Lies, Damn Lies and Coronavirus Statistics By Cognitive Dissonance     “Never believe anything in po [...]

The Decline and Fall of Civil Society Chapter One By Cognitive Dissonance     From my perspective at [...]

Missing In Action By Cognitive Dissonance     As a very young pup, whenever I was overdue and not ho [...]

Politicians’ Privilege By Cognitive Dissonance     Imagine for a moment you work for a small or medi [...]

Shaking the August Stick By Cognitive Dissonance     Sometime towards the end of the third or fourth [...]

Event Update For 2020-03-27 [...]

Event Update For 2020-03-26 [...]

Event Update For 2020-03-25 [...]

Event Update For 2020-03-24 [...]

Event Update For 2020-03-23 [...]

With fusion energy perpetually 20 years away we now also perpetually have [fill in the blank] years [...]

My mea culpa for having inadvertently neglected FF2F for so long, and an update on the upcoming post [...]

NYC plans to undertake the swindle of the civilisation by suing the companies that have enabled it t [...]

MbS, the personification of the age-old pre-revolutionary scenario in which an expiring regime attem [...]

Daily Doom Photo



  • Peak Surfer
  • SUN
  • Transition Voice

The Great Pause Week One"A pod of dolphins rose and dove, then in pairs leaped high in the air, or walked on water with [...]

The Great Pause"While we can never fully go back, with enough people trying, something approaching normalcy wi [...]

We Need a Manhattan Project for the Climate"We could call the IPCC reports our modern Einstein letters. They are arriving to the Resolute [...]

Sorry, climate change is not about water"What can be effective is producing real-world changes in the short time remaining."We are [...]

Bernie Goes to Cuba: Regenerative Media"I am less disappointed in the news media these days than I am angry at it."after Raúl Cor [...]

The folks at Windward have been doing great work at living sustainably for many years now.  Part of [...]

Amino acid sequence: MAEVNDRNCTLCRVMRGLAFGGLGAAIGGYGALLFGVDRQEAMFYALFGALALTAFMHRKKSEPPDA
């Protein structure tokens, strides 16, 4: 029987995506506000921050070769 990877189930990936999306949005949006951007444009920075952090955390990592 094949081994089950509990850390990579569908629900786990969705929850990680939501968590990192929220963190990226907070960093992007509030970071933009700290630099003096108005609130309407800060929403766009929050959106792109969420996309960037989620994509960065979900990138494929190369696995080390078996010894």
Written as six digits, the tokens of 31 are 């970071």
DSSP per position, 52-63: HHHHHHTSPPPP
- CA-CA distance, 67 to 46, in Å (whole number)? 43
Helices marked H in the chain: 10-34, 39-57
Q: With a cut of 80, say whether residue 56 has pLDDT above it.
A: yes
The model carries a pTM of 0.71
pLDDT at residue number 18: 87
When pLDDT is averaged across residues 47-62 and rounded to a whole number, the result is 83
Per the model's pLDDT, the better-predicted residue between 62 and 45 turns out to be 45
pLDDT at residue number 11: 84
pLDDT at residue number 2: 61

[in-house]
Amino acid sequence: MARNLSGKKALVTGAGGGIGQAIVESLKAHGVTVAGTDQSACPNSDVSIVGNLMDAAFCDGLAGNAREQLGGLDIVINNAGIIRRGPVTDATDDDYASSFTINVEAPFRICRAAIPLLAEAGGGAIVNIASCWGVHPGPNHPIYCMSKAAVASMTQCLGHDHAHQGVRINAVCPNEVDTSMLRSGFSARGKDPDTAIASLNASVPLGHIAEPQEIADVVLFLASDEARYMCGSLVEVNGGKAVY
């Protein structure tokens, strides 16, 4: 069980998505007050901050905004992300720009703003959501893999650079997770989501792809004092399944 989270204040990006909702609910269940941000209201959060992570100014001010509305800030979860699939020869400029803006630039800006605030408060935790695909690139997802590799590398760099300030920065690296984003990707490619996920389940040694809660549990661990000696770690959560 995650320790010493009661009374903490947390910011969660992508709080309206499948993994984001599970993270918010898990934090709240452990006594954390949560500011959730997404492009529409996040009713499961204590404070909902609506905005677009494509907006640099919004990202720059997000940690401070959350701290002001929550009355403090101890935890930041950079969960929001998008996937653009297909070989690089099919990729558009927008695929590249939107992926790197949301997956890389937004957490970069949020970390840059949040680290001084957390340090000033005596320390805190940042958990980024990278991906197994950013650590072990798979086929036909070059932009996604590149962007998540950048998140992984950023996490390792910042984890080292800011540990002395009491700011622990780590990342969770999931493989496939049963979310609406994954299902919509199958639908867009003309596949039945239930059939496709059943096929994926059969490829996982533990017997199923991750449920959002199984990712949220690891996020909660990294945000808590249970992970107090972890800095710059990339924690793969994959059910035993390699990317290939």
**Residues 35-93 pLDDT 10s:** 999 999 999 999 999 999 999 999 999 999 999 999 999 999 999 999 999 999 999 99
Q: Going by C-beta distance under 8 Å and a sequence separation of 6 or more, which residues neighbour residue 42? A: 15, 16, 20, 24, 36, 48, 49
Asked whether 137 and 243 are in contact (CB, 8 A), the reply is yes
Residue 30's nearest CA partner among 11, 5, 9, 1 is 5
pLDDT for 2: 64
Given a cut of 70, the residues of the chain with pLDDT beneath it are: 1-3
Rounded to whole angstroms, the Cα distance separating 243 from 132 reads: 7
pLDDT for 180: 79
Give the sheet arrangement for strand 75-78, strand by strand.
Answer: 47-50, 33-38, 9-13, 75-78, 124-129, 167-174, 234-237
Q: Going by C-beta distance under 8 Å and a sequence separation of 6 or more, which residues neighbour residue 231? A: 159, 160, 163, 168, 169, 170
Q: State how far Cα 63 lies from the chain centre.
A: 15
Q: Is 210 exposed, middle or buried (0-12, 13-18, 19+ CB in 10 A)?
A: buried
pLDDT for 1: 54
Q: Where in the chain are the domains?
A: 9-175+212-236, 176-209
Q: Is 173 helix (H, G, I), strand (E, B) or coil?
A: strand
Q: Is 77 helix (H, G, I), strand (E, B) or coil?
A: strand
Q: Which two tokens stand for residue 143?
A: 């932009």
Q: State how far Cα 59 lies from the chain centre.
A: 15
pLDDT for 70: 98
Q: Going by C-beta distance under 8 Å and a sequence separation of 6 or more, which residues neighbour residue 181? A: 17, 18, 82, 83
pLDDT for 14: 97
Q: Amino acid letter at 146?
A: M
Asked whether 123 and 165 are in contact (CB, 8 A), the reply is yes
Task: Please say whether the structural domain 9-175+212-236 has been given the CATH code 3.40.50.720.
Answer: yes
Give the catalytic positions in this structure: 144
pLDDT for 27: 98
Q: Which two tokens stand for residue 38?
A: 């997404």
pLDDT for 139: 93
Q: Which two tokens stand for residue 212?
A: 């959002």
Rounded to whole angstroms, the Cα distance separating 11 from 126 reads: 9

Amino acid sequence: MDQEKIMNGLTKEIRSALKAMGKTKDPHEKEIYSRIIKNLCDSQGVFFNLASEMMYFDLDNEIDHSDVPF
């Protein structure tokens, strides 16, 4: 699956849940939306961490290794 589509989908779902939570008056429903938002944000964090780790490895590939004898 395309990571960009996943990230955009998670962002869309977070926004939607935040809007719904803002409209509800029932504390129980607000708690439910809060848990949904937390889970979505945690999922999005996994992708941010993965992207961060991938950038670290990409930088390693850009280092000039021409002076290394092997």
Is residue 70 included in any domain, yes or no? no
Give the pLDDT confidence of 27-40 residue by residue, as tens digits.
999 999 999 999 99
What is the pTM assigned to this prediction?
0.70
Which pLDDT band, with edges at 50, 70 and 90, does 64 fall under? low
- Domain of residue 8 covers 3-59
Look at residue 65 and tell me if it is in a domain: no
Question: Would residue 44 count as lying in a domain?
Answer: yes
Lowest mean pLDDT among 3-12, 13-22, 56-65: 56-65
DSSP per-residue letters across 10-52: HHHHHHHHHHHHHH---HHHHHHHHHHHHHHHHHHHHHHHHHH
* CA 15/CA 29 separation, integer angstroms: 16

The Daily SUN☼ Building a Better Tomorrow by Sustaining Universal Needs April 3, 2017 Powering Down [...]

Off the keyboard of Bob Montgomery Follow us on Twitter @doomstead666 Friend us on Facebook Publishe [...]

Visit SUN on Facebook Here [...]

What extinction crisis? Believe it or not, there are still climate science deniers out there. And th [...]

My new book, Abolish Oil Now, will talk about why the climate movement has failed and what we can do [...]

A new climate protest movement out of the UK has taken Europe by storm and made governments sit down [...]

The success of Apollo 11 flipped the American public from skeptics to fans. The climate movement nee [...]

Today's movement to abolish fossil fuels can learn from two different paths that the British an [...]

Top Commentariats

  • Our Finite World
  • Economic Undertow

Grocery truck hijacked? Can I confirm if this is real? [...]

This is at the end of the replies, but I shall repost in the next series. It is by a Korean infectio [...]

In reply to CTG. A big part of the cost of all production is the taxes governments require on the oi [...]

In reply to Gail Tverberg. You can always do an open post just for comments. [...]

In reply to CTG. Cease all unconventional production, problem solved. [...]

China's confirmed cases have flattened since last week and remained that way. Is that because t [...]

The oil is $20+ dollars b/c nobody is buying it because everyone is inside, not driving, not using p [...]

Hi Steve, I read your blog for 7 years and I your posts always give me great intellectual pleasure o [...]

I think your conception that everyone is having sex with everyone else in America is describing anot [...]

It's nice to see a post up and yes we do need to take this seriously, but honestly I think it w [...]

RE Economics

Going Cashless

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Simplifying the Final Countdown

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Bond Market Collapse and the Banning of Cash

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Do Central Bankers Recognize there is NO GROWTH?

Discuss this article @ the ECONOMICS TABLE inside the...

Singularity of the Dollar

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Kurrency Kollapse: To Print or Not To Print?

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Of Heat Sinks & Debt Sinks: A Thermodynamic View of Money

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Merry Doomy Christmas

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Peak Customers: The Final Liquidation Sale

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Collapse Fiction

Useful Links

Technical Journals

This study aimed to assess the interrelationship among extreme natural events and their impacts on e [...]

Rural livelihoods in most developing countries are threatened by climate-related risks such as droug [...]

The weather and climate conditions contributing to the energy and water availability during the suga [...]

A straightforward mechanism based on properties of the moist adiabat is proposed to construe the obs [...]

In the present study, the ability of the Advanced Weather Research and Forecasting numerical model ( [...]